That pricey bison burger just got more expensive.
Ground-bison prices have climbed to record highs as ranchers in Canada are holding back more animals to expand their herds and take advantage of a growing appetite for the grass-fed meat. The cost stayed at an all-time high of C$23.93 ($17.94) per kilogram in November, after reaching the peak a month earlier. Prices were up 41 percent from a year earlier and almost double the price of a kilogram of ground beef, according to Canada’s agriculture ministry.
“With current prices, retention will continue and that will certainly aggravate the supply problem,” said Terry Kremeniuk, executive director of the Regina, Saskatchewan-based Canadian Bison Association.
Bison prices have been rallying as demand for the niche product is rising among U.S. consumers amid a favorable exchange rate and as more people seek out organic foods and healthy alternative proteins. The grass-fed meat has fewer calories, less cholesterol and fat than beef, and the animals are raised without hormones or antibiotics.
As demand gains, Canada’s ranchers are becoming more reluctant to send animals to slaughter, and instead are holding them back in favor of herd expansion. As a result, fewer bison are being exported for processing in the U.S., Canada’s biggest market, and domestic production probably fell 25 percent in 2016 from a year earlier to 10,500 animals, Kremeniuk said.
Prices for the ground meat have more than tripled in the past five years and risen from as low as C$16 a kilogram earlier this year, Agriculture and Agri-Food data show. By comparison, retail ground-beef in the U.S. is down 15 percent from a record reached in February 2015 as American cattle ranchers expanded their herd after a prolonged Texas drought. Chicken and pork have also fallen in 2016 amid a glut of meat. Wholesale-pork prices have tumbled 15 percent since this year’s peak in July.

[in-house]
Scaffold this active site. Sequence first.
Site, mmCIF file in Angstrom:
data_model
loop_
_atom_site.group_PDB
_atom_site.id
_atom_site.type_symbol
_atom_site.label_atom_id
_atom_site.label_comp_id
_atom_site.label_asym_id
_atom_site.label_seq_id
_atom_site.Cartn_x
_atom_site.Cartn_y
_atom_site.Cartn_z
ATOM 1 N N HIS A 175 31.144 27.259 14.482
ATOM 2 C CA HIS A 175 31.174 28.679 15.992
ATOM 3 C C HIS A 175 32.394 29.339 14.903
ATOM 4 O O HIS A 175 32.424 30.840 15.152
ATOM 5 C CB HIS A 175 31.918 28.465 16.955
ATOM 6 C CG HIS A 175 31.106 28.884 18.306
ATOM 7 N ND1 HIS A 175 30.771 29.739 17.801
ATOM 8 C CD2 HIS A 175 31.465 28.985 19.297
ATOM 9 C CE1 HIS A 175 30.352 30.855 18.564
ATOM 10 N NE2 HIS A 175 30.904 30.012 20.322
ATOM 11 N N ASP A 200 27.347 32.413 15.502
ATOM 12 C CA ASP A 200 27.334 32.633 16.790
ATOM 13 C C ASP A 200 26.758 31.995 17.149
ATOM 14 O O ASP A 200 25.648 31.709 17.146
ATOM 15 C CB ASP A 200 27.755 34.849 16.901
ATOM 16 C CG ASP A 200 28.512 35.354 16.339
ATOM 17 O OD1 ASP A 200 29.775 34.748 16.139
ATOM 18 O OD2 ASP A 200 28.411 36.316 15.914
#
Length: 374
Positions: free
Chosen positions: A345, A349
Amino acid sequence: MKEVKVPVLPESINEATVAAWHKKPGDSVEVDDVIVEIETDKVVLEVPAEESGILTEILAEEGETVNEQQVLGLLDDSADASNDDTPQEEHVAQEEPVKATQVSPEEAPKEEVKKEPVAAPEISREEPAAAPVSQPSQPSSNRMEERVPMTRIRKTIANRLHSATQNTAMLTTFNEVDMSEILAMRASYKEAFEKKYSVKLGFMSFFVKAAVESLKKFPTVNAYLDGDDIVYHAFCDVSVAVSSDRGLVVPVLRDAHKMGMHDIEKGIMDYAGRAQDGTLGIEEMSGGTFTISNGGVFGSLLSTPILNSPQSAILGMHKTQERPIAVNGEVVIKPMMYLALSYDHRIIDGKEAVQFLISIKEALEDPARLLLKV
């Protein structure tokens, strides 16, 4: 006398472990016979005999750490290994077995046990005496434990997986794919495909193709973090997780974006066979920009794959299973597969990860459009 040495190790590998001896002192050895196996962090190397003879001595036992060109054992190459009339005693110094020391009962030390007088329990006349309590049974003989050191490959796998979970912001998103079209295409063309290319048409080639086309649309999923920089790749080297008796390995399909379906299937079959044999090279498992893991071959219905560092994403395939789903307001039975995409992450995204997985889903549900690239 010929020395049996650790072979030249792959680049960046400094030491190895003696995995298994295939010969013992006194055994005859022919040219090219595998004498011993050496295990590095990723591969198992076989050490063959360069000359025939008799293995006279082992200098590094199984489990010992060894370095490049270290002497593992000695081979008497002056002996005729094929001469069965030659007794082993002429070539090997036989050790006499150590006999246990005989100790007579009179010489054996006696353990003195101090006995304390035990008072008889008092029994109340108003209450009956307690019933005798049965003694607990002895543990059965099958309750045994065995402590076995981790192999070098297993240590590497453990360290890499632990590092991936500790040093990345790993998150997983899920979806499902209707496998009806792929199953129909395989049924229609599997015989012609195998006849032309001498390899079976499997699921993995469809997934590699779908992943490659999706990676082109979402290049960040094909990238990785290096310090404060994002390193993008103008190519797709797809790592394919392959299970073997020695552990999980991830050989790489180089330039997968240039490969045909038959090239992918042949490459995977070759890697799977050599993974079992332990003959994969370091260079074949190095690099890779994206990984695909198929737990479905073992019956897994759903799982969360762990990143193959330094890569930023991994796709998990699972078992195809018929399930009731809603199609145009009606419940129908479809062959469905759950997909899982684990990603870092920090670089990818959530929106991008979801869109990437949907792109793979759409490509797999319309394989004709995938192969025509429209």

“Bison burgers or ground bison is a favorite in many recipes and restaurants, and we’re seeing a lot of people interested,” said Roger Van Haren, a rancher who has 100 bison north of Red Deer, Alberta. “It’s something a lot of people are trying out and they don’t mind splurging a few extra dollars.”
Bison slaughter and exports are poised to decline further as producers hold on to their young heifer calves that would normally be sold off, Van Haren said. Last year, Van Haren held back 40 percent of the heifers he would normally send to slaughter and plans to continue doing that to grow his herd to about 500 cows.
Bull calves are selling for as much as $6 a pound, which can net ranchers more than $1,000 a head, or more than five times what a beef producer might sell an animal for, Van Haren said. It will take ranchers several years to expand the herd and prices will probably remain strong until supplies start to expand, he said.
“Profits are great,” he said. “Ground bison is driving that price.”